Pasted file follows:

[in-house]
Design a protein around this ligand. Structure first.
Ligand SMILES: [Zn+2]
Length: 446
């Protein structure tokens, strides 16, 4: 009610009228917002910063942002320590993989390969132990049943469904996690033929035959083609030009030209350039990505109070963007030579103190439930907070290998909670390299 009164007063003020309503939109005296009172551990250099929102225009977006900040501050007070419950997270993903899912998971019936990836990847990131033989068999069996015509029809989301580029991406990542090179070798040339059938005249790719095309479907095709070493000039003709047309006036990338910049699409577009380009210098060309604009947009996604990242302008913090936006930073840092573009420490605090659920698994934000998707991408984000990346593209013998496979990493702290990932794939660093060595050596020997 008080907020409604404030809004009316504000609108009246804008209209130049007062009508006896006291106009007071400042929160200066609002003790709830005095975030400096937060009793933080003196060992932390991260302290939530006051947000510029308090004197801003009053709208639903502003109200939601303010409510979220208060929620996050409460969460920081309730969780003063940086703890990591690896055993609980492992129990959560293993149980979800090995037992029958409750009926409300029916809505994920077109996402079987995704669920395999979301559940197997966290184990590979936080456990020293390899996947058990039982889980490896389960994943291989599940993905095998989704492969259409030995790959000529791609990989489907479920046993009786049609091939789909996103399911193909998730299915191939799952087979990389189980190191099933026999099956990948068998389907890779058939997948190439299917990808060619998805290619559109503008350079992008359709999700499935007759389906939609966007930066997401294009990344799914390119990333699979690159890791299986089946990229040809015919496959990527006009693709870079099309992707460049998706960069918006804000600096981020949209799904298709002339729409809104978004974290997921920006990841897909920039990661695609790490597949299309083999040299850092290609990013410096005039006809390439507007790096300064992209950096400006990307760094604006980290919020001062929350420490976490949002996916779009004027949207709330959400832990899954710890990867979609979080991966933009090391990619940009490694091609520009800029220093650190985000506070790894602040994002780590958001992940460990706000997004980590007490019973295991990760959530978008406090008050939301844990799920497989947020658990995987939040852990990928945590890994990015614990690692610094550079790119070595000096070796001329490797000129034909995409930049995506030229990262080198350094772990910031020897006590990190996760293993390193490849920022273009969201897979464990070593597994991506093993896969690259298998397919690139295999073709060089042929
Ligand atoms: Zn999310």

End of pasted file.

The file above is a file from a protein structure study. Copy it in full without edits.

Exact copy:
[in-house]
Design a protein around this ligand. Structure first.
Ligand SMILES: [Zn+2]
Length: 446
């Protein structure tokens, strides 16, 4: 009610009228917002910063942002320590993989390969132990049943469904996690033929035959083609030009030209350039990505109070963007030579103190439930907070290998909670390299 009164007063003020309503939109005296009172551990250099929102225009977006900040501050007070419950997270993903899912998971019936990836990847990131033989068999069996015509029809989301580029991406990542090179070798040339059938005249790719095309479907095709070493000039003709047309006036990338910049699409577009380009210098060309604009947009996604990242302008913090936006930073840092573009420490605090659920698994934000998707991408984000990346593209013998496979990493702290990932794939660093060595050596020997 008080907020409604404030809004009316504000609108009246804008209209130049007062009508006896006291106009007071400042929160200066609002003790709830005095975030400096937060009793933080003196060992932390991260302290939530006051947000510029308090004197801003009053709208639903502003109200939601303010409510979220208060929620996050409460969460920081309730969780003063940086703890990591690896055993609980492992129990959560293993149980979800090995037992029958409750009926409300029916809505994920077109996402079987995704669920395999979301559940197997966290184990590979936080456990020293390899996947058990039982889980490896389960994943291989599940993905095998989704492969259409030995790959000529791609990989489907479920046993009786049609091939789909996103399911193909998730299915191939799952087979990389189980190191099933026999099956990948068998389907890779058939997948190439299917990808060619998805290619559109503008350079992008359709999700499935007759389906939609966007930066997401294009990344799914390119990333699979690159890791299986089946990229040809015919496959990527006009693709870079099309992707460049998706960069918006804000600096981020949209799904298709002339729409809104978004974290997921920006990841897909920039990661695609790490597949299309083999040299850092290609990013410096005039006809390439507007790096300064992209950096400006990307760094604006980290919020001062929350420490976490949002996916779009004027949207709330959400832990899954710890990867979609979080991966933009090391990619940009490694091609520009800029220093650190985000506070790894602040994002780590958001992940460990706000997004980590007490019973295991990760959530978008406090008050939301844990799920497989947020658990995987939040852990990928945590890994990015614990690692610094550079790119070595000096070796001329490797000129034909995409930049995506030229990262080198350094772990910031020897006590990190996760293993390193490849920022273009969201897979464990070593597994991506093993896969690259298998397919690139295999073709060089042929
Ligand atoms: Zn999310």